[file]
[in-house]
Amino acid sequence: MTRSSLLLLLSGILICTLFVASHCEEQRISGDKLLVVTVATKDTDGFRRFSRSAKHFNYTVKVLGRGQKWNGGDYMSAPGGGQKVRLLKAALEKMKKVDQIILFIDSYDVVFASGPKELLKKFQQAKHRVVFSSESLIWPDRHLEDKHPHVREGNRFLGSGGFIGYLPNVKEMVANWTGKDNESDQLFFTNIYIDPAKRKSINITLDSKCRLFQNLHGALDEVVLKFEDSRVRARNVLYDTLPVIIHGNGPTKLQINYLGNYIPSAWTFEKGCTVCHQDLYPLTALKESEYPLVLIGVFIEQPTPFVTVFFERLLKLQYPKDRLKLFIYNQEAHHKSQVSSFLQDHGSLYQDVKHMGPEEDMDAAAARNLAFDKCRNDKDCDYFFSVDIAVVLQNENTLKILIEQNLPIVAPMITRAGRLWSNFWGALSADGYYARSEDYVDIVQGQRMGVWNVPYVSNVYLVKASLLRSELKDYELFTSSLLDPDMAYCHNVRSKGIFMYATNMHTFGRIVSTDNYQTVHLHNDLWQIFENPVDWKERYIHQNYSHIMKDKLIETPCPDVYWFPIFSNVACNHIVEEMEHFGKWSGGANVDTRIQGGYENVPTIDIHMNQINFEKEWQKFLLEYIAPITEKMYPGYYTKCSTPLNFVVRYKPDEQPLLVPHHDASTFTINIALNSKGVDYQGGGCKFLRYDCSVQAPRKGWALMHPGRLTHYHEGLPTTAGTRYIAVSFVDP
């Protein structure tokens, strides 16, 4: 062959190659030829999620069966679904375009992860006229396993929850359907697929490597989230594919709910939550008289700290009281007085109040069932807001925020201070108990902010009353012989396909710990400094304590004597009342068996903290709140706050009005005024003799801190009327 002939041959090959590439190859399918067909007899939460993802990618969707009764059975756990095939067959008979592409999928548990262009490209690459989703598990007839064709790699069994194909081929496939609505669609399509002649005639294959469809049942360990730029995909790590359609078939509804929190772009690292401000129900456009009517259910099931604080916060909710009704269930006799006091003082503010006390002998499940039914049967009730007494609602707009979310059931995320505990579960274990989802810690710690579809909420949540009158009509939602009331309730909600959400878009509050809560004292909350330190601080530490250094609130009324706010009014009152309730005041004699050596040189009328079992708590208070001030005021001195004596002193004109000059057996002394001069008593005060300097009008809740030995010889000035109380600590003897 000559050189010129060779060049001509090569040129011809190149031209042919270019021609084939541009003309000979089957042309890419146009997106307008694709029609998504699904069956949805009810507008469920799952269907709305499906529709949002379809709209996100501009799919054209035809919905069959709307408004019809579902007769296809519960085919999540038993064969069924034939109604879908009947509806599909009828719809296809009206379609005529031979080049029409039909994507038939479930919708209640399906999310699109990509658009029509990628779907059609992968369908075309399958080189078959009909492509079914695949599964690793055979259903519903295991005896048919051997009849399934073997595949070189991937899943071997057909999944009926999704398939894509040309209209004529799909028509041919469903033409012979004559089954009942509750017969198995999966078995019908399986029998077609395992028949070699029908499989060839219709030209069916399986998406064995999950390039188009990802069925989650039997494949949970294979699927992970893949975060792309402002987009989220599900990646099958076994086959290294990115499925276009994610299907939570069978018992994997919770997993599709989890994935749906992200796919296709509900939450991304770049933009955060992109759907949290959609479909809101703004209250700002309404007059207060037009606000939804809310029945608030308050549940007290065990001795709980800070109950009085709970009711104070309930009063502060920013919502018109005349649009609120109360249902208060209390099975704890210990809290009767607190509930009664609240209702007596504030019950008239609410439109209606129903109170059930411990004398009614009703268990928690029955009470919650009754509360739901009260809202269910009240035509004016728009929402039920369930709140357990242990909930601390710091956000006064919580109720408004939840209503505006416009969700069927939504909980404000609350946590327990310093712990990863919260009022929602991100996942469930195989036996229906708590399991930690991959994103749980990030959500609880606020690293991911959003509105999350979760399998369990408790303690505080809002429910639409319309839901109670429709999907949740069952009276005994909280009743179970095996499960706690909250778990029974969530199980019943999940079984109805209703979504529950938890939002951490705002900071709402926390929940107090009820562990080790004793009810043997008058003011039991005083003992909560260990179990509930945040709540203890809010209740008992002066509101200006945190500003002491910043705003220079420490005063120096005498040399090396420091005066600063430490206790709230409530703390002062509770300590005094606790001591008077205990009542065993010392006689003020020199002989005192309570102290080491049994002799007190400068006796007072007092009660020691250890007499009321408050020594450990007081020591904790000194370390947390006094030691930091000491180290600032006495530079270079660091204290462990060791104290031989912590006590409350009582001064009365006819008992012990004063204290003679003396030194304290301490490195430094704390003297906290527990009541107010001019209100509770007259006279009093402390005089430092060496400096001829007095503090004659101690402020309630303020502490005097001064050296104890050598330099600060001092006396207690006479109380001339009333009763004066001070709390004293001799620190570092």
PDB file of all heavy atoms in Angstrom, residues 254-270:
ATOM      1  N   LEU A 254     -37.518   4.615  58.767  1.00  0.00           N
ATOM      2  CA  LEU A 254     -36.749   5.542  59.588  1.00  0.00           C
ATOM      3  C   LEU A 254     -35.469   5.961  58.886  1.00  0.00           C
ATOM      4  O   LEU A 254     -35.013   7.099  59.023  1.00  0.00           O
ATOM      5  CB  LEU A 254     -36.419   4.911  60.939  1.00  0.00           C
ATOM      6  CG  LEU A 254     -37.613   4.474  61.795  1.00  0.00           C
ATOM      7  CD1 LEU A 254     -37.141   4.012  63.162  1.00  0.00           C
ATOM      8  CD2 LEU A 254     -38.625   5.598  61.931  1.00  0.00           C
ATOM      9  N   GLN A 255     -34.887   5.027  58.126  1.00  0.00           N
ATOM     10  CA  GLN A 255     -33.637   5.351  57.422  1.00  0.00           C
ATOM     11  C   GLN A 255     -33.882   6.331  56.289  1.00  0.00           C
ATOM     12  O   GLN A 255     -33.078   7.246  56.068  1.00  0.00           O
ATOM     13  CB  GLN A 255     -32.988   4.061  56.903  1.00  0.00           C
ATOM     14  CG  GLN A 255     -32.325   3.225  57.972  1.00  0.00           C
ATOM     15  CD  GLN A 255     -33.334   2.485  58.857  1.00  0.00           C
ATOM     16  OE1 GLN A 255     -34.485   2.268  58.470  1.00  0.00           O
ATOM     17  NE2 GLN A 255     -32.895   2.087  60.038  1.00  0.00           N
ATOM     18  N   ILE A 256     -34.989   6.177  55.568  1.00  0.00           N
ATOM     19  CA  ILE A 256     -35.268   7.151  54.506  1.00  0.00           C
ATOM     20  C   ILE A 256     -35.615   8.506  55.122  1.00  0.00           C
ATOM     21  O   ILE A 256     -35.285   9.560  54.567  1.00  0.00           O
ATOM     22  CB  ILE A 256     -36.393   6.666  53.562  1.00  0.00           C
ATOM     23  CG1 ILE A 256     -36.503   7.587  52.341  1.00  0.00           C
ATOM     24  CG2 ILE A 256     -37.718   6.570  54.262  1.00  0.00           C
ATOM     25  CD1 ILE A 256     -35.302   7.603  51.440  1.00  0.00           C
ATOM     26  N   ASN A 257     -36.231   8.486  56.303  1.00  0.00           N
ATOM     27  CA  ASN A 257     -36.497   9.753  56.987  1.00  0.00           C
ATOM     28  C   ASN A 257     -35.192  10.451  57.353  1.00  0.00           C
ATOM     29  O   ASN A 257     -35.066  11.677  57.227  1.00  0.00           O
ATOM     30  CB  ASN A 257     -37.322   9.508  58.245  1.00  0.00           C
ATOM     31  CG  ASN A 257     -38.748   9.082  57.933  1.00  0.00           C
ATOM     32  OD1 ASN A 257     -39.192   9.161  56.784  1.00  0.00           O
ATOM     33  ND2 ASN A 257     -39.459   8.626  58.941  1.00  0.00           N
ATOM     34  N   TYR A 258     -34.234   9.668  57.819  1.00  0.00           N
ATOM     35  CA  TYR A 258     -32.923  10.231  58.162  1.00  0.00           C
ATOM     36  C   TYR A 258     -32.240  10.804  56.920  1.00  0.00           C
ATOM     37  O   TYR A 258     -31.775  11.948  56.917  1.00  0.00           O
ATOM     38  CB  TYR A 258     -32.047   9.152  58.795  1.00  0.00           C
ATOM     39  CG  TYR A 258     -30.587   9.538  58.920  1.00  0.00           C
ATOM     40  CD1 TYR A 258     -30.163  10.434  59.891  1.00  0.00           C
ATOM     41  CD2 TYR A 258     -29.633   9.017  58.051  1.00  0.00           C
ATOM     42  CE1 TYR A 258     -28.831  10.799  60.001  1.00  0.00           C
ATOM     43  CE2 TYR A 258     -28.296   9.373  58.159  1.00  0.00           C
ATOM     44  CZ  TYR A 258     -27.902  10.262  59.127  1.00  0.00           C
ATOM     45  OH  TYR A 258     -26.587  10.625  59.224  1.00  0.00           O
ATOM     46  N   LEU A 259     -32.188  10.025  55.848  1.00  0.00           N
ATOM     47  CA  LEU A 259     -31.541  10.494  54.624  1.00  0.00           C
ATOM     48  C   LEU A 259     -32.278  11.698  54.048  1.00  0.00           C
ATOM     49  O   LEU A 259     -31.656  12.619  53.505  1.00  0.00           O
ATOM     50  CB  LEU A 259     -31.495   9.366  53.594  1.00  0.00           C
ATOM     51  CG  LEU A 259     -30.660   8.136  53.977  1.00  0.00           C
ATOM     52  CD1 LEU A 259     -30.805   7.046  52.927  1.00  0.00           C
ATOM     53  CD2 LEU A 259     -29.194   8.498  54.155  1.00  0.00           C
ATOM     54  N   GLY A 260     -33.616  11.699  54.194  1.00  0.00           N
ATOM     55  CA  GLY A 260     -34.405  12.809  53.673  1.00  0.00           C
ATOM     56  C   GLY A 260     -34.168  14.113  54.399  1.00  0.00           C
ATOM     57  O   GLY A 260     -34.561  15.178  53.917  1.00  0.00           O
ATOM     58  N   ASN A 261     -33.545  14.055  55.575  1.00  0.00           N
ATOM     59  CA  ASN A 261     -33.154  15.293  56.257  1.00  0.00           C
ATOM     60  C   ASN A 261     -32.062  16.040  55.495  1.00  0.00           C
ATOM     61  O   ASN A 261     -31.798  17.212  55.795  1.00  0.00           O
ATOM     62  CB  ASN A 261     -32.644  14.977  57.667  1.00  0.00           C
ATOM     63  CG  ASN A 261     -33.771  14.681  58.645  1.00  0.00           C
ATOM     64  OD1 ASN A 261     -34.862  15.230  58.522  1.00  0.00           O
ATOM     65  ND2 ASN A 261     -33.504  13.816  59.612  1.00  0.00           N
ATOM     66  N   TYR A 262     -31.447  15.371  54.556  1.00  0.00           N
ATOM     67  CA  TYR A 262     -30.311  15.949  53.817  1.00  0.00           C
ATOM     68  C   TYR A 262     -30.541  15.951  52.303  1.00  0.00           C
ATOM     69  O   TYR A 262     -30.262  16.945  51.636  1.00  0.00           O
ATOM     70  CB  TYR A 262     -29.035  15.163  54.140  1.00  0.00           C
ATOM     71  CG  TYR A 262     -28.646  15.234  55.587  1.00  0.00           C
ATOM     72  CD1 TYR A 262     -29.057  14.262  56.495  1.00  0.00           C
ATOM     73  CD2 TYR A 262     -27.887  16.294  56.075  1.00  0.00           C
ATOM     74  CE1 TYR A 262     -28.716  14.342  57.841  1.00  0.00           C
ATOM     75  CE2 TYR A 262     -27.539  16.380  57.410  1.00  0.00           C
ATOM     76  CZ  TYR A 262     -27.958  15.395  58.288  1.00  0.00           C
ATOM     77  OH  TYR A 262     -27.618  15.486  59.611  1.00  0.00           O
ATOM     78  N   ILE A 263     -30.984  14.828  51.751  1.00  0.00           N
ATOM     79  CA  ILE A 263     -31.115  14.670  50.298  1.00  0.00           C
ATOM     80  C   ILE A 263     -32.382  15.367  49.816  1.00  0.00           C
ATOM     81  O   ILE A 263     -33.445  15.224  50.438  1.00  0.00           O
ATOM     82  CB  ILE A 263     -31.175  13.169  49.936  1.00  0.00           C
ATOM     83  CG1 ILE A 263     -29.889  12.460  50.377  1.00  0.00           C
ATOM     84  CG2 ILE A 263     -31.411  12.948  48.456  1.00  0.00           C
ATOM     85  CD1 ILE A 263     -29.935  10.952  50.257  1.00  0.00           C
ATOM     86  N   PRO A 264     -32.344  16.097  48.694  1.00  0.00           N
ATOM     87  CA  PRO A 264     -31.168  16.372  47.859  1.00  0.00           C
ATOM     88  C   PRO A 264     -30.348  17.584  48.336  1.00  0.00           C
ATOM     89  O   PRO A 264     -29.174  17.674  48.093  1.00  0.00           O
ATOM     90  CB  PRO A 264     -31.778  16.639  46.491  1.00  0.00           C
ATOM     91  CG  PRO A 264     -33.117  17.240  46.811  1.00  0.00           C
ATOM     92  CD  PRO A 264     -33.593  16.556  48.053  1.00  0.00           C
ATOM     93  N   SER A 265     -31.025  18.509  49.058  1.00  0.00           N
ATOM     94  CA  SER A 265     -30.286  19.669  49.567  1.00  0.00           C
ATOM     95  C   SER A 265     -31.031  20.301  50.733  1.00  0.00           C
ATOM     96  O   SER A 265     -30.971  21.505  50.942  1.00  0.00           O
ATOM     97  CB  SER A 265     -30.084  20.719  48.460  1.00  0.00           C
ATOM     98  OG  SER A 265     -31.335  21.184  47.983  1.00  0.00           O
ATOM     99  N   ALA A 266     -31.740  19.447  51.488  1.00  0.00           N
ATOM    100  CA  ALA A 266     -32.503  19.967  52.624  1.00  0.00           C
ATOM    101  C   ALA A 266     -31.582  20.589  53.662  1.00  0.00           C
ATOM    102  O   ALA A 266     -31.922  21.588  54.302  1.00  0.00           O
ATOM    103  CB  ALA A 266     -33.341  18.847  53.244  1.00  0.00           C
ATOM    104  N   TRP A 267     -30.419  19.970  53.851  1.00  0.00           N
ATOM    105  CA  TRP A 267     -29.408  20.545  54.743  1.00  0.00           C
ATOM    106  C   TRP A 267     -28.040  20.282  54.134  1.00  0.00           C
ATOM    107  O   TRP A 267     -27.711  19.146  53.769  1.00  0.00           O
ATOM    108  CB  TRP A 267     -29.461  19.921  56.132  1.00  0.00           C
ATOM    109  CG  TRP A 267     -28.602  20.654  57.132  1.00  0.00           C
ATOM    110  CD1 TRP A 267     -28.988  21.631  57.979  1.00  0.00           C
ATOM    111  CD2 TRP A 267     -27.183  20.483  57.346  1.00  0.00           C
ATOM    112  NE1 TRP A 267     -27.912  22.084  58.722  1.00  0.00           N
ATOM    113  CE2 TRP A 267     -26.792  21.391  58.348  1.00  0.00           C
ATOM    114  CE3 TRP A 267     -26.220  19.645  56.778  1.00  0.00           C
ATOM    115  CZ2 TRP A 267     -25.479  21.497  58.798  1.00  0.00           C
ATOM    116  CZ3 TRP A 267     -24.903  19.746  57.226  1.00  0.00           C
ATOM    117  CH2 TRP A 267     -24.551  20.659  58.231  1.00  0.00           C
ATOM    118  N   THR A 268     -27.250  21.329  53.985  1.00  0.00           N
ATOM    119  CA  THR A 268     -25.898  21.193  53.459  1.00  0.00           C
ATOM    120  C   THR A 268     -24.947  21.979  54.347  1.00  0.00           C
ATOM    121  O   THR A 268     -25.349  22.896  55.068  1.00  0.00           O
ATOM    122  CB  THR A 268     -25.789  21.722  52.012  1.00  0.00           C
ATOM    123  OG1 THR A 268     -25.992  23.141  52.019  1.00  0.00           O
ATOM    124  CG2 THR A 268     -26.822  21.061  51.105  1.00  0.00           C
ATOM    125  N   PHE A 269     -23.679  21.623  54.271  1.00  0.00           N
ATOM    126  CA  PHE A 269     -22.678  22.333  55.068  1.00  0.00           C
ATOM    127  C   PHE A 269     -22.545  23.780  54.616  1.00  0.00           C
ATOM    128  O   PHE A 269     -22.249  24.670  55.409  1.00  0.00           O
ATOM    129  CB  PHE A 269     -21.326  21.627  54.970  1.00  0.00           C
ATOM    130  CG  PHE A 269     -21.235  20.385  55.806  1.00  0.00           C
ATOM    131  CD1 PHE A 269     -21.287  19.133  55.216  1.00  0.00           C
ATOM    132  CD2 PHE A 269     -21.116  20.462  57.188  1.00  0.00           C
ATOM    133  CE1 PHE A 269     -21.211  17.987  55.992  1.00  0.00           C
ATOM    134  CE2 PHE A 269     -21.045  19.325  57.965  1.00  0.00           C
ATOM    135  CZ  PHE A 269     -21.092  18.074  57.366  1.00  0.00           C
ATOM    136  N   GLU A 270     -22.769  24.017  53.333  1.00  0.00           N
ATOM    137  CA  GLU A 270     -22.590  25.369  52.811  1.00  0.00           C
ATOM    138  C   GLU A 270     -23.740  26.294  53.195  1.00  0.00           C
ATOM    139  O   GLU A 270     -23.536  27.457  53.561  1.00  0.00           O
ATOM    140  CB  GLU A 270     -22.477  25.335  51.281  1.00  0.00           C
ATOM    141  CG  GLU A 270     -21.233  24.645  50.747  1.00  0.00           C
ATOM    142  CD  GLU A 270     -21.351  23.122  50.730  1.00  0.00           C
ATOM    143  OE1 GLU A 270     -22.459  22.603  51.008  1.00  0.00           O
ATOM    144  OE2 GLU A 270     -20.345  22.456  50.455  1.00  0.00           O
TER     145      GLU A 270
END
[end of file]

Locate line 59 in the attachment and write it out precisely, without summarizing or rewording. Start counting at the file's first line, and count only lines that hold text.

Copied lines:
ATOM     55  CA  GLY A 260     -34.405  12.809  53.673  1.00  0.00           C